#LakePowell — Nation’s Second-Largest Reservoir — Hits Record Low — KUNC #ColoradoRiver #COriver #aridification

Lake Powell is shown here, in its reach between where the Escalante and San Juan rivers enter the reservoir, in an October 2018 aerial photo from the nonprofit environmental group EcoFlight. Colorado water managers are considering the implications of a program known as demand management that would pay irrigators on a temporary and voluntary basis to take less water from streams in order to boost water levels in Lake Powell, as an insurance policy against compact curtailment.
CREDIT: ECOFLIGHT

From KUNC (Luke Runyon):

The nation’s second-largest reservoir, Lake Powell, is now at its lowest point since it filled in the 1960s.

The massive reservoir on the Colorado River hit a new historic low on July 24, dropping below 3,555.1 feet in elevation. The previous low was set in 2005. The last time the reservoir was this low was in 1969, when it first filled. It’s currently at 33% of its capacity.

The popular southwestern recreation hotspot on the Arizona-Utah border, which plays host to houseboats, kayaks and speedboats, has fluctuated over the past 21 years due to low river flows exacerbated by warming temperatures. About 4.4 million people visited Lake Powell in 2019, and spent $427 million in nearby communities, according to the National Park Service.

Lake Powell is now at its lowest point since it first filled in the late 1960s. Credit: U.S. Bureau Of Reclamation

Demand across the seven U.S. states and two Mexican states that rely on the river hasn’t declined fast enough to match the reduced supply, said Brad Udall, a climate scientist at Colorado State University…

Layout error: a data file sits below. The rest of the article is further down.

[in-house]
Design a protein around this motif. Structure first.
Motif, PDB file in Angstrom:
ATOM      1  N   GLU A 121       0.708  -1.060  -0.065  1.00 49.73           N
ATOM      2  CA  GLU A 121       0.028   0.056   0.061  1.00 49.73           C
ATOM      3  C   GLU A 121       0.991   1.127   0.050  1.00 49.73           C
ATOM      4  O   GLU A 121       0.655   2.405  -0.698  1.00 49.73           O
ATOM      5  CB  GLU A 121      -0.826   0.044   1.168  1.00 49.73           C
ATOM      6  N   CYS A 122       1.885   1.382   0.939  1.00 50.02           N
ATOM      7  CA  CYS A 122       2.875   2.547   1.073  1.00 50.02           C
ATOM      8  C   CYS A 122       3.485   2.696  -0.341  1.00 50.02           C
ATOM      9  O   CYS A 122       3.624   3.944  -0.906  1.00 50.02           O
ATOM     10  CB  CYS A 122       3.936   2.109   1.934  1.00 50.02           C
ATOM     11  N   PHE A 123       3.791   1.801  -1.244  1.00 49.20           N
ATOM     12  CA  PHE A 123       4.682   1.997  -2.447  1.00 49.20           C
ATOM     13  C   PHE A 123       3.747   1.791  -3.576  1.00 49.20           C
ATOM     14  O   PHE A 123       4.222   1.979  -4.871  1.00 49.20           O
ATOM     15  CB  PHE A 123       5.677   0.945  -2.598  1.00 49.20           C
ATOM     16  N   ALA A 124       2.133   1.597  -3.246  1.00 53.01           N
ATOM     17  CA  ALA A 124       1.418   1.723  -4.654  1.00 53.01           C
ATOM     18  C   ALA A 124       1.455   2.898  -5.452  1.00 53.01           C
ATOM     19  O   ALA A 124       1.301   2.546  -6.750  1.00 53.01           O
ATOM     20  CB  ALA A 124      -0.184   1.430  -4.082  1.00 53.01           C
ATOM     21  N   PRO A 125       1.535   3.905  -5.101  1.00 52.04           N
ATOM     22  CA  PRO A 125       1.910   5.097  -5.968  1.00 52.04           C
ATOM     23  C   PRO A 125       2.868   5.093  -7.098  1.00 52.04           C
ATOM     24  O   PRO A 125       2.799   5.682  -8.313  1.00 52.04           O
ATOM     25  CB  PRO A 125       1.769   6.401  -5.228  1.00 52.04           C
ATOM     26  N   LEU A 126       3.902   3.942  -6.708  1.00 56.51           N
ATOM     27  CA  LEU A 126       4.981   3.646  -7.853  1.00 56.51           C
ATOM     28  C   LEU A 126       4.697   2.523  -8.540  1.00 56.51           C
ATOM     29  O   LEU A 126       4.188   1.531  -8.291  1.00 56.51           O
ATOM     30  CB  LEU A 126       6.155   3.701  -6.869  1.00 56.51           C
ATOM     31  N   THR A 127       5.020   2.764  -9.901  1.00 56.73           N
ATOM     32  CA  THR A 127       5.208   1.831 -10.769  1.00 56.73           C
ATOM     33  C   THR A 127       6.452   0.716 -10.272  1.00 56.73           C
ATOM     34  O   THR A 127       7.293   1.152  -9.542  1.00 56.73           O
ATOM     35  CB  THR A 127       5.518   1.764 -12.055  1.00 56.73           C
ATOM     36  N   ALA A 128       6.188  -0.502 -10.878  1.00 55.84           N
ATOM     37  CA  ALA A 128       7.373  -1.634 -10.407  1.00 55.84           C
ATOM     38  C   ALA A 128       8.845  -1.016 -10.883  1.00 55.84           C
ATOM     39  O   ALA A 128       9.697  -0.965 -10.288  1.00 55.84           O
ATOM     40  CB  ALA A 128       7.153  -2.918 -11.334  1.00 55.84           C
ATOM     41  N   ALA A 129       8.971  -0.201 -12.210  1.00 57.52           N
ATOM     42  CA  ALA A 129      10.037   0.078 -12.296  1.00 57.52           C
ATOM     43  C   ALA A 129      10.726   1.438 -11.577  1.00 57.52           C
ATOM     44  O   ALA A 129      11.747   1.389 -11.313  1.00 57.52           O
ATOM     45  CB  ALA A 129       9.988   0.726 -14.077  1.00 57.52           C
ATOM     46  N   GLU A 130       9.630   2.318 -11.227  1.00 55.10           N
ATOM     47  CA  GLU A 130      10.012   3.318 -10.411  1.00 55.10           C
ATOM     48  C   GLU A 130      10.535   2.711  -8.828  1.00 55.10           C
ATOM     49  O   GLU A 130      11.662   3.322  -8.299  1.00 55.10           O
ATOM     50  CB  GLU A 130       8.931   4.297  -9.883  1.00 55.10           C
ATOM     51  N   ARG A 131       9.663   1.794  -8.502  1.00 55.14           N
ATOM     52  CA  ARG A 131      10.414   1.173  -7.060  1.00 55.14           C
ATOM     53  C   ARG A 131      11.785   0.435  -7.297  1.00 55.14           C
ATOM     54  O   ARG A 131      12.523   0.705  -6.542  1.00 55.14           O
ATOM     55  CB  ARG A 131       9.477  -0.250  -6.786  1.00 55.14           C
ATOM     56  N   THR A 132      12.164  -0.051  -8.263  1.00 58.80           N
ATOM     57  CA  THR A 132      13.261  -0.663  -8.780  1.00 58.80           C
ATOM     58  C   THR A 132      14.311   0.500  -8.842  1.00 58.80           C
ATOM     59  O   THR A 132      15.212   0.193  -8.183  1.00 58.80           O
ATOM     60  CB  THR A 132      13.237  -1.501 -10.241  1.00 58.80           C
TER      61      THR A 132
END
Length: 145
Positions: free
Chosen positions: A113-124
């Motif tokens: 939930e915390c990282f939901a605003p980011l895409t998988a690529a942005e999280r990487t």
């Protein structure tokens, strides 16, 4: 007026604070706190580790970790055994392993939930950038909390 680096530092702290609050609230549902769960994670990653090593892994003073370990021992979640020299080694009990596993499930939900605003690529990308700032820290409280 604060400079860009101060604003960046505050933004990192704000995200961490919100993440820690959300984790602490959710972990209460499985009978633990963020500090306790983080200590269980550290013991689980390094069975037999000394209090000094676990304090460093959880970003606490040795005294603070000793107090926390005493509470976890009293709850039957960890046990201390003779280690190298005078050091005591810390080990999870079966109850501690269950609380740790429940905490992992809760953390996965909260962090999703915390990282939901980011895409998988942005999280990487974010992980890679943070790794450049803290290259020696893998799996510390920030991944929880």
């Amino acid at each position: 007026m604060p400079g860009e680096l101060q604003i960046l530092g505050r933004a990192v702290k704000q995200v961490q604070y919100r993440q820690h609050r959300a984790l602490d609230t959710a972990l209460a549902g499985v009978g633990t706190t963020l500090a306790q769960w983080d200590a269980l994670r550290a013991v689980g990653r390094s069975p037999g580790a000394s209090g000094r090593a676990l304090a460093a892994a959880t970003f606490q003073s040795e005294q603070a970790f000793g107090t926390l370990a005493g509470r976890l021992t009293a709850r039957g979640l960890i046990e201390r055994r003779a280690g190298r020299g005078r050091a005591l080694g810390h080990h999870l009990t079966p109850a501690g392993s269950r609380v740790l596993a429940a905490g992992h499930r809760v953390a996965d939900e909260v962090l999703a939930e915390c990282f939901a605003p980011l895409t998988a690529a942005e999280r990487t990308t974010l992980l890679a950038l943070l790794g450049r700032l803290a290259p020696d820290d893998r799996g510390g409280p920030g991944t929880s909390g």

Forecasts for Lake Powell’s inflows from the Colorado River grew increasingly pessimistic during spring and early summer this year. Flows from April to July are projected to be 25% of the long term average, placing 2021 into the top three driest on record for the watershed.

“The hard lesson we’re learning about climate change is that it’s not a gradual, slow descent to a new state of affairs,” Udall said…

Emergency water releases from smaller reservoirs upstream of Powell will take place over the next six months. They’re meant to maintain hydropower production at Powell’s Glen Canyon Dam.

“I’m very alarmed,” said Tanya Trujillo, assistant secretary for water and science at the U.S. Interior Department. “It’s not only focused on hydropower concerns, we’re concerned operationally in general. We’re acting in coordination with the states about these decisions.”

Lake Mead, the nation’s largest reservoir, also on the Colorado River, is at a record low. Both Powell and Mead are projected to decline further this year…

The river’s current managing guidelines are set to expire in 2026. An update to those guidelines passed in 2019 included a potential demand management program in the river’s Upper Basin states of Colorado, Wyoming, Utah and New Mexico. In its conceptual form, the program would pay water users to voluntarily forgo water deliveries in exchange for payment. The saved water could be banked in Lake Powell to buffer against a potential Colorado River Compact call from downstream states.

None of the Upper Basin states has committed to fully implementing a plan to rein in demands on the river’s water in order to fill Lake Powell with conserved water. The plan remains in an investigatory phase.

Brad Udall: Here’s the latest version of my 4-Panel plot thru Water Year (Oct-Sep) of 2019 of the #coriver big reservoirs, natural flows, precipitation, and temperature. Data goes back or 1906 (or 1935 for reservoirs.) This updates previous work with @GreatLakesPeck

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